Maureen comes from a working class family in St John's, Newfoundland. She's a senior in a Catholic parochial high school.
Even though she can't sing she fakes her way into the school choir so she can travel as part of the group to Montreal and perform at Expo '67, the world's fair taking place there in 1967.
As soon as she arrives, her and a girlfriend go AWOL and hit the Montreal nightlife.
Before you can say " G'wan with cha" she gets drunk and wakes up in a strange hotel room having lost her virginity as well as her girlfriend.
Evidently not big deal.
She goes back to the hotel, don't know that she ever performs at Expo, but the next night is out looking for her girlfriend in the same bars and has sex with another, more or less anonymous guy all the while not enjoying it one bit, which makes this reader wonder why she does it?
Not wanting to hang around with someone she hardly knows she ends up at yet another bar, gets dead drunk and has sex with an "old man".
Back home and back at Catholic school in St. John's she throws up on a nun's habit and is announced pregnant and kicked out of school.
Her mother, "the Sarge" tells her she isn't going to sit around so she gets a part time job in a discount store where all the other employees hate her.
There's more, but none of it has any motivation, there's little character development - it is just one grim situation after another.
Why would a "good" girl attending a Catholic school, suddenly go on a sex and drinking binge just because she's away from home?
I never found out because I abandoned Crying for the Moon after three chapters. Blame it on a really unsympathetic character and an inability to suspend disbelief.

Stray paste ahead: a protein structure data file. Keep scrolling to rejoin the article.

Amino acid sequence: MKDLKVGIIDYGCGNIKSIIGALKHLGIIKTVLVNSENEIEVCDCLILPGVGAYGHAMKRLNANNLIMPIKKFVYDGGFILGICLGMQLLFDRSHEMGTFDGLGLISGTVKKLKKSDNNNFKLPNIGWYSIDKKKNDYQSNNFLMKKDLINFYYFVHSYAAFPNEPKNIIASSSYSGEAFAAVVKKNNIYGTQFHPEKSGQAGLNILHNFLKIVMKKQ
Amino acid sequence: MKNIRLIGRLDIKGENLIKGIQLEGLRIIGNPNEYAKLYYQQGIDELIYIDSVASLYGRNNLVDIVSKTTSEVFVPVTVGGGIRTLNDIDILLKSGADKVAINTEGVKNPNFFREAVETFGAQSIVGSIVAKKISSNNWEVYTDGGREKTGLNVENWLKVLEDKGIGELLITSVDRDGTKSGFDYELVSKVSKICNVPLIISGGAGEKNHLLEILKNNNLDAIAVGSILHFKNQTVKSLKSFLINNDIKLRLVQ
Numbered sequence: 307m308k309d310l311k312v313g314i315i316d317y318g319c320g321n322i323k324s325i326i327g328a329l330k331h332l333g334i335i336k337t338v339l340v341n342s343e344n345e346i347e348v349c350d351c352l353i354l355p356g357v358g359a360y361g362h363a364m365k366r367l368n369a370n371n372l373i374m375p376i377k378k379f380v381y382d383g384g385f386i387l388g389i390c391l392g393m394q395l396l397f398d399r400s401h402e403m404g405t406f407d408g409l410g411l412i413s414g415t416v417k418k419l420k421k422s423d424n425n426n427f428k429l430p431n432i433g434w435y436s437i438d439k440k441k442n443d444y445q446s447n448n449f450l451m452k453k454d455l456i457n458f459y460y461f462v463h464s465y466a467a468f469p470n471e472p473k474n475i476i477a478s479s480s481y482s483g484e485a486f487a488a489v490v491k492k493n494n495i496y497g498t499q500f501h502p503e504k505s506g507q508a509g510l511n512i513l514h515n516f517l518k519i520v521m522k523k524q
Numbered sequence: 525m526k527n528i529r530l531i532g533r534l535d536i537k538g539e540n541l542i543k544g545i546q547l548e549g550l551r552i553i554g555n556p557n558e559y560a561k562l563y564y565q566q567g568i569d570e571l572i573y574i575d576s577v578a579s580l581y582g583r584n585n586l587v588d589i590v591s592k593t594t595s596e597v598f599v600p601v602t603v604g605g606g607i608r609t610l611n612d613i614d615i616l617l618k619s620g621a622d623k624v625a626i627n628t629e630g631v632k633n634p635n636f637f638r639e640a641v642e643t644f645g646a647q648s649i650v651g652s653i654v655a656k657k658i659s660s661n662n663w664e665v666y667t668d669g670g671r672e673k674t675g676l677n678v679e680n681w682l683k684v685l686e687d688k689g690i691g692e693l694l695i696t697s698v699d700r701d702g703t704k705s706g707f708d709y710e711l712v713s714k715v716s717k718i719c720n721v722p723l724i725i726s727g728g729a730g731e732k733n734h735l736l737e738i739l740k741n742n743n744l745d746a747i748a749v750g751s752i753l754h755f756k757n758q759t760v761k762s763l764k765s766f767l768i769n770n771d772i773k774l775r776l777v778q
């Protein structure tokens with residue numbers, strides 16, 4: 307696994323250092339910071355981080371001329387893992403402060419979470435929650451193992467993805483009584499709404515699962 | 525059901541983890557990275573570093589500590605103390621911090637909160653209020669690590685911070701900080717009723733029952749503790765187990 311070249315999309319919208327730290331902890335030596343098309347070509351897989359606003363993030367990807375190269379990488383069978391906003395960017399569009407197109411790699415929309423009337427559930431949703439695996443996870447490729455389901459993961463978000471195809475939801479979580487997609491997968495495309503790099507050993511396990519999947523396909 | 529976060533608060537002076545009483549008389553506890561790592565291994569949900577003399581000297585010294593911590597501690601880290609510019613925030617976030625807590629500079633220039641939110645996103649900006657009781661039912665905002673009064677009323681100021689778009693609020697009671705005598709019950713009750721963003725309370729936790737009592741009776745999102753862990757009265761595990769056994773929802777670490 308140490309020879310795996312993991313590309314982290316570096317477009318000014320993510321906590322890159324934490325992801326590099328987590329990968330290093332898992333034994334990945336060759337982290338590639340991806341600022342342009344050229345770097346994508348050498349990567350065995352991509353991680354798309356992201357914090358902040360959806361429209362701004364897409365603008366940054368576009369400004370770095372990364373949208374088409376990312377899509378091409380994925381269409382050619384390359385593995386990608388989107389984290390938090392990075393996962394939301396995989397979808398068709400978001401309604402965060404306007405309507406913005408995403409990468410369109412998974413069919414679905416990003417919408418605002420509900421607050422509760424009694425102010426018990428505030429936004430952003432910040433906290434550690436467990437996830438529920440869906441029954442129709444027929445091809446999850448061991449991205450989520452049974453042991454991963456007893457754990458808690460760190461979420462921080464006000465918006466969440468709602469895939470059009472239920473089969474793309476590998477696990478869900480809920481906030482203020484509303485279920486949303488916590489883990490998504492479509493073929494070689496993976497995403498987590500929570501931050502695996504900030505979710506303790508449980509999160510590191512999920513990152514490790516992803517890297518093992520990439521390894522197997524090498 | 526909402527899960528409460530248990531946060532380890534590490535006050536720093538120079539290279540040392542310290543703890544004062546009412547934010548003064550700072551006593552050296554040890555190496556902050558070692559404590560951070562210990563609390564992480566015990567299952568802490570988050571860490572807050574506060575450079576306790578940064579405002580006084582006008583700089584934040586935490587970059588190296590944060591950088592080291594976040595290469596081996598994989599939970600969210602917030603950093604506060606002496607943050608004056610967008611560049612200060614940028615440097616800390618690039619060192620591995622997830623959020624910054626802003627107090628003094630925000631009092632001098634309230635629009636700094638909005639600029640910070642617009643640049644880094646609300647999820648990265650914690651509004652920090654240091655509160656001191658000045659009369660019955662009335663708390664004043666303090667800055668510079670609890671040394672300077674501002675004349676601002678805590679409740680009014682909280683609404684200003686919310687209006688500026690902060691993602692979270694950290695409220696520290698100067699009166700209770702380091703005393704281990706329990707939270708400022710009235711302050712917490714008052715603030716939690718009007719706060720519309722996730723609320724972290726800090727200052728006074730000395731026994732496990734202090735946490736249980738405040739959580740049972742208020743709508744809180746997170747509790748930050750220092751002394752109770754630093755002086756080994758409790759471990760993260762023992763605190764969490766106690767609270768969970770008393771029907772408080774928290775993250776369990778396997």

This is a good example of a "celebrity book". The publisher knows the author's fame in other endeavours, in this case author Mary Walsh being somewhat of an comic icon in Canada, will sell enough books to make a profit.
Maybe stick to comedy, Mary, or was this book supposed to be a joke and I just didn't get it?
Best Friends Animal Society is an animal rescue and sanctuary in southern Utah. When news of Hurricane Katrina hit the media, some of the founders of the society and volunteers headed out to Tylertown, MO to set up a home base to do rescue mission in New Orleans. Tylertown was 300 miles from the destruction of the Gulf Coast and was a shelter that Best Friends had helped build back in 2000.
Yeah, I am giving this book 5 stars just out of sentimentality and because the folks of Best Friends kicked ass. In total, they rescued more than 3,200 animals, mostly domestic pets such as dogs, cats, and birds; they also rescued some animals left from at a pet shop and took in animals that wound up at the local animal shelters just prior to the storm hitting. There were vets as volunteers on site, but some of the animals rescued were sent to local docs or flown to animal medical specialists to get life-saving medical care. There were animal groomers, who had the task of washing/shearing the animals to rid them of the dirty, oily flood waters.